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This Black History Month, the world witnessed a revolutionary movement in film. Black Panther, the first Marvel movie directed by a Black filmmaker and the first to feature a predominantly Black cast, smashed box office records, earning more than $700 million worldwide during its first two weekends. The blockbuster is now on track to become the highest grossing solo superhero movie in history.

But Black Panther also reignited a revolutionary movement for representation and inclusivity. From Oakland, California to Lagos, Nigeria, families, communities, and schools turned a movie premiere into an all-out cultural event. Thousands of Black moviegoers coordinated traditional African outfits to wear to the film’s opening. And many more took to Twitter to explain #WhatBlackPantherMeansToMe. As Mirel Herrera noted with Disney’s 2017 release of Coco, representation is powerful and it matters — and especially so in our nation’s increasingly diverse classrooms.

As a former teacher, I couldn’t help but reflect upon the critical lessons that education leaders can learn from the movie, particularly the African nation of Wakanda. Though fictional, Wakanda allowed us to explore the possibilities of a nation where Black people are viewed as superheroes with insurmountable strength, agility, and intellect to transform the world. A nation where Black girls and women are entrusted as generals, warriors, and leaders in technological advancements crucial to the survival of a country. A place where blackness was synonymous with royalty, courageousness, and brilliance. The nation thrived because the collective environment was one that affirmed, valued, and supported Black identity.

A wealth of research already shows that Black teachers and leaders have significant impact on student outcomes. While education leaders at all levels continue important efforts to recruit teachers of color, Wakanda challenges us to consider the possibilities when entire school systems are not only recruiting but valuing, affirming, and supporting Black leaders. The “invisible tax” experienced by so many Black teachers across the nation simply did not exist in Wakanda. Why? Because the culture was one of inclusion, support, and adequate representation.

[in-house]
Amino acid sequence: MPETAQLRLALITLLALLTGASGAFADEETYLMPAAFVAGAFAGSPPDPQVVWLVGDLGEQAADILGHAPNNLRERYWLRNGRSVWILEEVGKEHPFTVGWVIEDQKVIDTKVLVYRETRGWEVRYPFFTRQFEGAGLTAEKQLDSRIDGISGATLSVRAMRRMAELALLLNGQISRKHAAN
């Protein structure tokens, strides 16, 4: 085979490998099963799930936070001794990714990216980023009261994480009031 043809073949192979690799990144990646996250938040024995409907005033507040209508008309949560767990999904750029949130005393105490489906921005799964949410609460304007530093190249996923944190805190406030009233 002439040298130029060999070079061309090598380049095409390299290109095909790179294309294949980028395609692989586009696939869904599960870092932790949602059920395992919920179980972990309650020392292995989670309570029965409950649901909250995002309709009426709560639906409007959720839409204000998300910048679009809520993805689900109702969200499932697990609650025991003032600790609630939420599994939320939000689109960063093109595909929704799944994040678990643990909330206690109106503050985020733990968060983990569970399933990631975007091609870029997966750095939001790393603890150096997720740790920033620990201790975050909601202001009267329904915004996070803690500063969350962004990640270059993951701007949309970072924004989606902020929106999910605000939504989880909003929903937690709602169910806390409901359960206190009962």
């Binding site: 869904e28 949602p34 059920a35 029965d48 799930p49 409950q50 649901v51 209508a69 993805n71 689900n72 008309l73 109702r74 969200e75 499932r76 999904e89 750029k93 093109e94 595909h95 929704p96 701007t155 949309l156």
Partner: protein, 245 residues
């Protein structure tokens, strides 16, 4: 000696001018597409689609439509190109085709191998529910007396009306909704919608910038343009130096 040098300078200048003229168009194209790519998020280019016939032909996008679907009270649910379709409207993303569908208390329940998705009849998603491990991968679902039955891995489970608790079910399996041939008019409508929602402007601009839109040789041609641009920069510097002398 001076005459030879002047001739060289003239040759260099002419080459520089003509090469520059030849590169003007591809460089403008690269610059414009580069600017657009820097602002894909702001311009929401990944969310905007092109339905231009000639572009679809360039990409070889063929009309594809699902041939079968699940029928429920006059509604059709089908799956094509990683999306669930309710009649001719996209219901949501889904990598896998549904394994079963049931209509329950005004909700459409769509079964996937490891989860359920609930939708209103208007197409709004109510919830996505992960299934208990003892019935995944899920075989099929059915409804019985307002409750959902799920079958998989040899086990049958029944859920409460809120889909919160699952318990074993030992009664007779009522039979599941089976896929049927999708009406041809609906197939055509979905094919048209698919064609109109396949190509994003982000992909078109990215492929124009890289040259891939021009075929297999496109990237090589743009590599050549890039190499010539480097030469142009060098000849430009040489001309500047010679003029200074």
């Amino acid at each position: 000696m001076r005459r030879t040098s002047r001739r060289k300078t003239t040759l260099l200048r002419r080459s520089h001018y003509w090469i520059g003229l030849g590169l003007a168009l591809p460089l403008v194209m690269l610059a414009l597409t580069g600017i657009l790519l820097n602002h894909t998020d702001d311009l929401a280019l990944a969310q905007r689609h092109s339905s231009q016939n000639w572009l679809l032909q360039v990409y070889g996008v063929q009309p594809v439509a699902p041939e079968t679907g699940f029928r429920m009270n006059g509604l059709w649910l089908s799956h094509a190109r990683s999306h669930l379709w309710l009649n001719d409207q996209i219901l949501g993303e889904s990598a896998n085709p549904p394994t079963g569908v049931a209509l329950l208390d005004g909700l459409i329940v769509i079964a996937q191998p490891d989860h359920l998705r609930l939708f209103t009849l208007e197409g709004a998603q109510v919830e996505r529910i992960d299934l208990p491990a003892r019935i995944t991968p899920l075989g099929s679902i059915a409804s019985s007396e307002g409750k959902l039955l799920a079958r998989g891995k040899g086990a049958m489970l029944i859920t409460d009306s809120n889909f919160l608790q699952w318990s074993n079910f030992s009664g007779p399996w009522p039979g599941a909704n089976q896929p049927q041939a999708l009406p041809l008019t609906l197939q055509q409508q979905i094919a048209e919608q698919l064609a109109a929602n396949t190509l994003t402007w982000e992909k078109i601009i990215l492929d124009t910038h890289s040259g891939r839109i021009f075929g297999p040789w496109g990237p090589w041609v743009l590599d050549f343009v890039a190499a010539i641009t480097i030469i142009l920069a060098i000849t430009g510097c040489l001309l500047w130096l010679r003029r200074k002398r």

Essentially, Wakanda was a culturally responsive nation where identity was valued and actively embedded into every learning experience. While we cannot travel to Wakanda, we can ensure that teachers in classrooms, principals in schools, and leaders in school systems support the affirmation of all students. This is what culturally responsive pedagogy does.

When school systems make a choice to adopt culturally responsive pedagogy, it reminds every student that they matter. That pride in their identity is not a threat, but rather a necessity. A necessity that can foster their academic achievement, social responsibility, and prepare them for the society that lies ahead of them.

As powerful as it is to watch young Black boys and girls erupt in pure joy when they learned their schools would be taking them to see Black Panther, there’s an even more vital opportunity to replicate this joy within our school environments. And to witness first-hand the endless possibilities that lie ahead when we actively create educational experiences that affirm, value, and support Black students and leaders.

Black Panther is not just a movie, its message has the power to reignite a revolutionary education movement toward representation, affirmation, and inclusivity — toward culturally responsive school systems. Representation matters. It’s time education leaders recognize that.

Samantha Kobbah is a spring 2018 Communications intern. She is a former teacher, and currently a graduate student pursuing a Master of Public Administration (MPA) at American University. 

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